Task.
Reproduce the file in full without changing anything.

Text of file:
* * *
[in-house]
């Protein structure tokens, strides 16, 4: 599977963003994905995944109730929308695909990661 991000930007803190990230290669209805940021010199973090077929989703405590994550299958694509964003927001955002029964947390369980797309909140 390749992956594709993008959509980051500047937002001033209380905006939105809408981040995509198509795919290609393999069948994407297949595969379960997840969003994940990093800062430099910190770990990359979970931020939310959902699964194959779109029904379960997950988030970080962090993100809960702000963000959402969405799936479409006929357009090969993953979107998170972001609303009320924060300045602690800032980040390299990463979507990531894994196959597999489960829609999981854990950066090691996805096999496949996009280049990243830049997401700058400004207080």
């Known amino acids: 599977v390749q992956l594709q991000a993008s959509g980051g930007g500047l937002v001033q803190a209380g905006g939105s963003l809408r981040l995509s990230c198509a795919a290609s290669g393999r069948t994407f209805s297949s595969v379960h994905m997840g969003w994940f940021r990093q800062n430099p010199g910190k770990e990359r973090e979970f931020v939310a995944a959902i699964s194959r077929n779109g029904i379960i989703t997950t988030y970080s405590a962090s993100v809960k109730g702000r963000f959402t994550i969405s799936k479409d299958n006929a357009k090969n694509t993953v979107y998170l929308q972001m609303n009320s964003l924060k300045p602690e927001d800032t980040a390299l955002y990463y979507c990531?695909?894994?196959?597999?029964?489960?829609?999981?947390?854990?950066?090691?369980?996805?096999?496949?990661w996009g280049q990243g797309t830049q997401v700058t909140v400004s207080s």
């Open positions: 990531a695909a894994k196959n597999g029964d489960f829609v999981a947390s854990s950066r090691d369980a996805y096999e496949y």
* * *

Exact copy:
[in-house]
């Protein structure tokens, strides 16, 4: 599977963003994905995944109730929308695909990661 991000930007803190990230290669209805940021010199973090077929989703405590994550299958694509964003927001955002029964947390369980797309909140 390749992956594709993008959509980051500047937002001033209380905006939105809408981040995509198509795919290609393999069948994407297949595969379960997840969003994940990093800062430099910190770990990359979970931020939310959902699964194959779109029904379960997950988030970080962090993100809960702000963000959402969405799936479409006929357009090969993953979107998170972001609303009320924060300045602690800032980040390299990463979507990531894994196959597999489960829609999981854990950066090691996805096999496949996009280049990243830049997401700058400004207080």
């Known amino acids: 599977v390749q992956l594709q991000a993008s959509g980051g930007g500047l937002v001033q803190a209380g905006g939105s963003l809408r981040l995509s990230c198509a795919a290609s290669g393999r069948t994407f209805s297949s595969v379960h994905m997840g969003w994940f940021r990093q800062n430099p010199g910190k770990e990359r973090e979970f931020v939310a995944a959902i699964s194959r077929n779109g029904i379960i989703t997950t988030y970080s405590a962090s993100v809960k109730g702000r963000f959402t994550i969405s799936k479409d299958n006929a357009k090969n694509t993953v979107y998170l929308q972001m609303n009320s964003l924060k300045p602690e927001d800032t980040a390299l955002y990463y979507c990531?695909?894994?196959?597999?029964?489960?829609?999981?947390?854990?950066?090691?369980?996805?096999?496949?990661w996009g280049q990243g797309t830049q997401v700058t909140v400004s207080s």
């Open positions: 990531a695909a894994k196959n597999g029964d489960f829609v999981a947390s854990s950066r090691d369980a996805y096999e496949y």